Dec 18, 2019
Rene Lacarte rang the NYSE opening bell as Bill.com went public on Thursday (NYSE: BILL), raising $216MM at a $1.6Bn valuation. Finally… some good news for tech companies looking at an IPO. The stock opened at $22 but ran up to $37 by the end of the day. In one day, the market cap jumped to $2.6Bn and has stayed there ever since. It’s by far one of the rosiest IPOs of late.
Madeleine and I are honored to be counted as one of the early investors.
Bill.com is a provider of cloud-based software that simplifies and automates back-office financial operations. The company caters to the over 24 million small- and medium-sized businesses in the US and sees considerable market opportunity in migrating these companies to software that can replace time-consuming, manual processes for handling things like invoicing and accounts payable. Roughly 90% of these businesses use checks to manage their back offices, even though few people use checks often in their personal lives, indicating an opportunity to deliver a better experience for businesses.
Madeleine and my journey with the company started in 2013 as investors through our previous firm, West Capital. When we invested in Bill.com it was pretty early. The round was technically a “Series E”, but the company was very early in terms of revenue and was losing twice that amount. Scale Venture Partners led the round and brought in several strategics like us.
The decision to invest was clear. Bill.com hit all the major points on the scorecard. The team, led by Rene Lacarte, was incredible. Rene was a serial entrepreneur who sold his first company, PayCycle, to Intuit for $170MM — meaning domain expertise, channel expertise, and a previous exit. The rest of the team had a depth of experience building and scaling early stage venture backed companies. The value proposition was huge: a way to seamlessly manage the time consuming chore of Accounts Payable and Accounts Receivable. The total addressable market — over $100Bn in size. We liked the investor mix: existing investors like DCM, lead investor Scale Venture Partners, and new co-investors — big banks who would help the company gain access to its target 24 million small business customers directly and through accounting firms at a lower customer acquisition cost.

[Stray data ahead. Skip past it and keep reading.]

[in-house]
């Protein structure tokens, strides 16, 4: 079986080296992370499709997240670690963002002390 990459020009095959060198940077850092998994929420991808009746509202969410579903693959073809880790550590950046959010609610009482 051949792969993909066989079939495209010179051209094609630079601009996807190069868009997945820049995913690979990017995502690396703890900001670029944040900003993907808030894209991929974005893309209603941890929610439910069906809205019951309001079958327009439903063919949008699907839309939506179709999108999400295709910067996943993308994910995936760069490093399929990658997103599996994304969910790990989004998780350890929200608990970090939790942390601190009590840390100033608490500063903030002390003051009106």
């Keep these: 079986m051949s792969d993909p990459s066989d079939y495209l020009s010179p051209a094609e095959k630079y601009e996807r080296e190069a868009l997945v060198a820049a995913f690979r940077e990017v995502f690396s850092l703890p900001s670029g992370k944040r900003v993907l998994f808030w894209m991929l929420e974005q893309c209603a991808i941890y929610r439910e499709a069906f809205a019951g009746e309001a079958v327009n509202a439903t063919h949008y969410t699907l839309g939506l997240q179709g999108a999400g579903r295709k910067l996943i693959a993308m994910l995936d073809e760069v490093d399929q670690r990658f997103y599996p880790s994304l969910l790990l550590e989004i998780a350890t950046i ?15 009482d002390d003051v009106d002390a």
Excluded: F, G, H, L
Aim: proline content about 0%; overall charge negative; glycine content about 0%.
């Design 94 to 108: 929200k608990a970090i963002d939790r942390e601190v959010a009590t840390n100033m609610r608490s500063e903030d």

The valuation was high — we were really paying up for the opportunity — so we had modeled our return based on a 2.7x. At the current stock price, this represents a 20x for investors over 6 a year period.
Today, the company has over $100MM in revenue and counts over 4,000 accounting firms as clients — and they are just getting started.
And so are we.
Elizabeth Edwards was recently honored as one of the “Women Who Mean Business” by the Business Courier, along with Sarah Anderson of Cintrifuse, Kelly Downing of Bartlett, and 7 other honorees.
This gave us an opportunity to share why early consumer is so compelling — and our unique perspective. View the video here.
On the heels of H Venture Partners I, the firm launched a new fund, the H Venture Partners Brand Fund, which is designed to give individual investors access to venture capital at a $50,000 minimum and the flexibility to invest through an IRA. Fund limited to accredited investors. Find out more: www.h.ventures/invest
Relatively little venture capital is invested in the consumer sector, despite the fact that consumer represents 20% of US GDP.
The eight early stage funds that exclusively focus on the consumer sector outperformed the US venture asset class by 7%.
While investing at the edge of the tech horizon can be seductive, the everyday essentials in the consumer sector represent big markets, high growth rates, and multiple pathways to liquidity. Brands like Peloton, Dollar Shave Club, Stitch Fix, Seventh Generation, and Casper are just a few examples of venture-backed consumer brands that are scaling like tech companies. (Sources: BLS, PitchBook data 2007–2017)
Private equity is a homogeneous industry where only 6%-10% of investment decision makers are female. At the same time, 85% of consumer purchases are made by women.
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First-time funds may have an advantage over well-known firms. According to a new Preqin Report, which evaluated fund performance of early stage funds over a 15 year period, first-time funds outperformed their established peers by 12%, achieving a 25% median net internal rate of return (IRR) versus a 12% median net IRR for established funds.
Intangible assets are the new hidden wealth: Brand equity is a critical value driver for emerging consumer companies. Today, 84% of the value of the S&P 500 is in intangible assets, up from 32% in 1985. We believe in accelerating brand equity to amplify investment returns.